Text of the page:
''c'', *the
Planck constant The Planck constant, or Planck's constant, is a fundamental physical constant of foundational importance in quantum mechanics. The constant gives the relationship between the energy of a photon and its frequency, and by the mass-energy equivale ...
''h'', *the 9 Yukawa couplings for the quarks and leptons (equivalent to specifying the rest mass of these elementary particles), *2 parameters of the Higgs field potential, *4 parameters for the quark mixing matrix, *3 coupling constants for the
gauge group In physics, a gauge theory is a type of field theory in which the Lagrangian (and hence the dynamics of the system itself) does not change (is invariant) under local transformations according to certain smooth families of operations (Lie grou ...
s SU(3) × SU(2) × U(1) (or equivalently, two coupling constants and the Weinberg angle), *a phase for the
QCD vacuum In theoretical physics, quantum chromodynamics (QCD) is the theory of the strong interaction between quarks mediated by gluons. Quarks are fundamental particles that make up composite hadrons such as the proton, neutron and pion. QCD is a typ ...
. The number of 19 independent fundamental physical constants is subject to change under possible extensions of the Standard Model, notably by the introduction of neutrino mass (equivalent to seven additional constants, i.e. 3 Yukawa couplings and 4 lepton mixing parameters). The discovery of variability in any of these constants would be equivalent to the discovery of " new physics". The question as to which constants are "fundamental" is neither straightforward nor meaningless, but a question of interpretation of the physical theory regarded as fundamental; as pointed out by , not all physical constants are of the same importance, with some having a deeper role than others. proposed a classification schemes of three types of constants: *A: physical properties of particular objects *B: characteristic of a class of physical phenomena *C: universal constants The same physical constant may move from one category to another as the understanding of its role deepens; this has notably happened to the
speed of light The speed of light in vacuum, commonly denoted , is a universal physical constant that is important in many areas of physics. The speed of light is exactly equal to ). According to the special theory of relativity, is the upper limit ...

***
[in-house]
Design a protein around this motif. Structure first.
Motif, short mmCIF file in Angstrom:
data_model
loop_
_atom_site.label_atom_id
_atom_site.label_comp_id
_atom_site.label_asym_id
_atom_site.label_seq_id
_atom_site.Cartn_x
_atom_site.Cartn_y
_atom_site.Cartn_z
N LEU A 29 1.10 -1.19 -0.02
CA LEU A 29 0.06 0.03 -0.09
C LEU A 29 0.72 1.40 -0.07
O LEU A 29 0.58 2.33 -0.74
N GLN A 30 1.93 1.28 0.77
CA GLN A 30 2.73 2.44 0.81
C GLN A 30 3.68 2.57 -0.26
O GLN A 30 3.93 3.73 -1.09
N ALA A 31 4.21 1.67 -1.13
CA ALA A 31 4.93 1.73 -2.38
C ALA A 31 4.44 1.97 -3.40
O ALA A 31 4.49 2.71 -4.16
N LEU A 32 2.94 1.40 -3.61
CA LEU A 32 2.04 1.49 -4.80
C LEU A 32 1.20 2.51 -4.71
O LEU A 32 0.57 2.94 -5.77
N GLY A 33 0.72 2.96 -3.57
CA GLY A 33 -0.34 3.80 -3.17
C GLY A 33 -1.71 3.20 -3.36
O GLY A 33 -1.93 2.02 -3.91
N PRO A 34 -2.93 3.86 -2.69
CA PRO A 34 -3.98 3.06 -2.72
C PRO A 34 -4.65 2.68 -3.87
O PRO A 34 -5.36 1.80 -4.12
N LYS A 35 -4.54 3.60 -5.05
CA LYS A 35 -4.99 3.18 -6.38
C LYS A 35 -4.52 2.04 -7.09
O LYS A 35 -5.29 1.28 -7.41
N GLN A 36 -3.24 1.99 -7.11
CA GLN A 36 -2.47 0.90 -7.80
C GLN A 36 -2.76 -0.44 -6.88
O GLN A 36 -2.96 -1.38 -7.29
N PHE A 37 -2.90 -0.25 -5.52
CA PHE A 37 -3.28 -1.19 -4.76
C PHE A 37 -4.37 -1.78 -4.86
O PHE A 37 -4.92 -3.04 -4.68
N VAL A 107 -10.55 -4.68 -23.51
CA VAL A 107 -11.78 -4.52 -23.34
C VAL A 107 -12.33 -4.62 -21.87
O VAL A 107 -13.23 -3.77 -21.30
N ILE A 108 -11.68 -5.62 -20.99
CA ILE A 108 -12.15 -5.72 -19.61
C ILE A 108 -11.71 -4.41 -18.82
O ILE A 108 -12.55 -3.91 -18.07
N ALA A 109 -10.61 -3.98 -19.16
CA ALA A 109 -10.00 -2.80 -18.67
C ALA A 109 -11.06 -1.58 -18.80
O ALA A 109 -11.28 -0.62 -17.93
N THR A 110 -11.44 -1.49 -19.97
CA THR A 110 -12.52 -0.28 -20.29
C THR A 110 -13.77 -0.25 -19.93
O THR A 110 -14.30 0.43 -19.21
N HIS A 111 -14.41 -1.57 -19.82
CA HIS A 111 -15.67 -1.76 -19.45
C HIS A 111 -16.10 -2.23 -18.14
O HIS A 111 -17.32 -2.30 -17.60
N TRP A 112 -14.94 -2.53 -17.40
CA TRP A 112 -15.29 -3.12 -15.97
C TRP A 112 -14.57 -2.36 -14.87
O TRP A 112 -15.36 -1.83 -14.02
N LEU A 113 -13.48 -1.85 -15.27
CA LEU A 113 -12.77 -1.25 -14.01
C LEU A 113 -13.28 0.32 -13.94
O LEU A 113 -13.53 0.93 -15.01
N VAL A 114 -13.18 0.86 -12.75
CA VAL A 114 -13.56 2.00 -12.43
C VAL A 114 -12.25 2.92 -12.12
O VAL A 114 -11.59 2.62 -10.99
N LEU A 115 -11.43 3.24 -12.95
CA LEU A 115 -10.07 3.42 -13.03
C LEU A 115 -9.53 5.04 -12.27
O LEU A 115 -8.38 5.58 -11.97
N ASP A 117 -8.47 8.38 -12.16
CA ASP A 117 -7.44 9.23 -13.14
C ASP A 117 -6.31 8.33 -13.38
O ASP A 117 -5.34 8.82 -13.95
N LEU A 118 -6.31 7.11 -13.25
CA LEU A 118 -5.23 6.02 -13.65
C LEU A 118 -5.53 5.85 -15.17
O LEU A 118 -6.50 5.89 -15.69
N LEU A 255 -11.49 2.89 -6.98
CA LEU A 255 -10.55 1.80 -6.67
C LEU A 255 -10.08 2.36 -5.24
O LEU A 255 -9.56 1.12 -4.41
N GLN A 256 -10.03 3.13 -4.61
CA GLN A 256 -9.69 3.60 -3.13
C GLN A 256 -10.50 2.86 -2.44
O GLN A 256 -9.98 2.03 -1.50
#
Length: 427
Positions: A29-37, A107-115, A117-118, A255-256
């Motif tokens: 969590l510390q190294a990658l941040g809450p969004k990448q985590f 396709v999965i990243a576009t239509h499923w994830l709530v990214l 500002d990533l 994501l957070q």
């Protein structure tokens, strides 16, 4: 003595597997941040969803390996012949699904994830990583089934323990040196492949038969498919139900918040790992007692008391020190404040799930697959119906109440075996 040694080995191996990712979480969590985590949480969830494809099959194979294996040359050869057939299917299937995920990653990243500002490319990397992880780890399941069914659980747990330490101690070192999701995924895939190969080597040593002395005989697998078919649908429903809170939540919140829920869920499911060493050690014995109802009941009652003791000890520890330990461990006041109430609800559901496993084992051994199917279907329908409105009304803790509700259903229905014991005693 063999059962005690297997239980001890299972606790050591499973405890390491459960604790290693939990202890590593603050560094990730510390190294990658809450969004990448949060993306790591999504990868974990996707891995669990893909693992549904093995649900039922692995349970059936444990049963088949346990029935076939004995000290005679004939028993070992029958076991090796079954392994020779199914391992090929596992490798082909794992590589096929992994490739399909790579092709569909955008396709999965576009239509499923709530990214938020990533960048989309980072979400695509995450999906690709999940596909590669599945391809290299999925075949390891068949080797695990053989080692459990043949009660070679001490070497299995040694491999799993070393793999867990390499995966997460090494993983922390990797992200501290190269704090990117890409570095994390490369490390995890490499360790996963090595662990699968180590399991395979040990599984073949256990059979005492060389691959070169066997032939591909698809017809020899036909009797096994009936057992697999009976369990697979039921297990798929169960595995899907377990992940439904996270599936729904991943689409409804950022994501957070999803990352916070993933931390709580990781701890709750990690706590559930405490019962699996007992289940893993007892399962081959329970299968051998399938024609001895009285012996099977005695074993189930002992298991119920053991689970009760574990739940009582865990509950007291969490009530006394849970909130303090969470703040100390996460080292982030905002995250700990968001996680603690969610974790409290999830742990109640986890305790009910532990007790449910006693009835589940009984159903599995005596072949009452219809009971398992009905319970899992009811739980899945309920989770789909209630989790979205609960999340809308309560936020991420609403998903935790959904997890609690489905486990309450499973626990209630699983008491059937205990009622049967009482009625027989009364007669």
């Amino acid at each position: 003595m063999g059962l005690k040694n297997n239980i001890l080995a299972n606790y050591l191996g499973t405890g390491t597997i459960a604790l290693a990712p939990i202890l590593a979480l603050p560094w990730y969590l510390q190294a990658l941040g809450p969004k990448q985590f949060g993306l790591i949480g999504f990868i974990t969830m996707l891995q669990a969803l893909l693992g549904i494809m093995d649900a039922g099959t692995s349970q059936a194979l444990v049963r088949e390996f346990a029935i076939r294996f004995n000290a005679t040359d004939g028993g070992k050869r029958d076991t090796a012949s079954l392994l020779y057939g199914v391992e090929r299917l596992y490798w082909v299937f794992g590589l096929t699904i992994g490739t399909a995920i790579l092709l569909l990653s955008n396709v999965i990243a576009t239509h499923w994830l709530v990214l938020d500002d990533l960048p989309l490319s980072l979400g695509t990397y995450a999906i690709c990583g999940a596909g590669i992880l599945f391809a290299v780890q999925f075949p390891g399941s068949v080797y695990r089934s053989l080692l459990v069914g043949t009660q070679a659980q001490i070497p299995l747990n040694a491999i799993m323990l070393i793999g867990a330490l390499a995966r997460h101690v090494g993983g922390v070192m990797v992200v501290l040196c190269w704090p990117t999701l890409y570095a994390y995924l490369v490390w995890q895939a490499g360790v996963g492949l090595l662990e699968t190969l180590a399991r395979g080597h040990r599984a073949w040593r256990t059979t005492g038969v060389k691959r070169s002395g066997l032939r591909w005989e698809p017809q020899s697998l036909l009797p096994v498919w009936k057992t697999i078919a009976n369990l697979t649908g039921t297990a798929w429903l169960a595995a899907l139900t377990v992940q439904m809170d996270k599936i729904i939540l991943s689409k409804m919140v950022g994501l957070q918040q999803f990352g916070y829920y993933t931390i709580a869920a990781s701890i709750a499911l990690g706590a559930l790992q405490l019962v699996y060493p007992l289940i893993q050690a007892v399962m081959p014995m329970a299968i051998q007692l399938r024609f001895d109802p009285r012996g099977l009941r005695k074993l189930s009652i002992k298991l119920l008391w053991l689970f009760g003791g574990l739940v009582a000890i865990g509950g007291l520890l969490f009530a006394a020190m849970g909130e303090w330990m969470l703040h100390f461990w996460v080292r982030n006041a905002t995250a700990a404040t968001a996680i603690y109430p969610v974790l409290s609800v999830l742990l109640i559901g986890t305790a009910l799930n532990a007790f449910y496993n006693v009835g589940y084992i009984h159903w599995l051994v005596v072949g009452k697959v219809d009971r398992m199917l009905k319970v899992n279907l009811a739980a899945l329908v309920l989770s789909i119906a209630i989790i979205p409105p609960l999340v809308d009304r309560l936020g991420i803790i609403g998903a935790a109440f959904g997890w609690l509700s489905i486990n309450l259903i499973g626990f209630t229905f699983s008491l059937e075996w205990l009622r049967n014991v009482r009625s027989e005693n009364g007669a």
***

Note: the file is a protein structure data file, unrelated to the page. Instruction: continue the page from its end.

, which was a class A constant (characteristic of
light Light or visible light is electromagnetic radiation that can be perceived by the human eye. Visible light is usually defined as having wavelengths in the range of 400–700 nanometres (nm), corresponding to frequencies of 750–420 t ...
) when it was first measured, but became a class B constant (characteristic of electromagnetic phenomena) with the development of
classical electromagnetism Classical electromagnetism or classical electrodynamics is a branch of theoretical physics that studies the interactions between electric charges and currents using an extension of the classical Newtonian model; It is, therefore, a classical ...
, and finally a class C constant with the discovery of
special relativity In physics, the special theory of relativity, or special relativity for short, is a scientific theory regarding the relationship between space and time. In Albert Einstein's original treatment, the theory is based on two postulates: # The law ...
.


Tests on time-independence

By definition, fundamental physical constants are subject to
measurement Measurement is the quantification of attributes of an object or event, which can be used to compare with other objects or events. In other words, measurement is a process of determining how large or small a physical quantity is as compared ...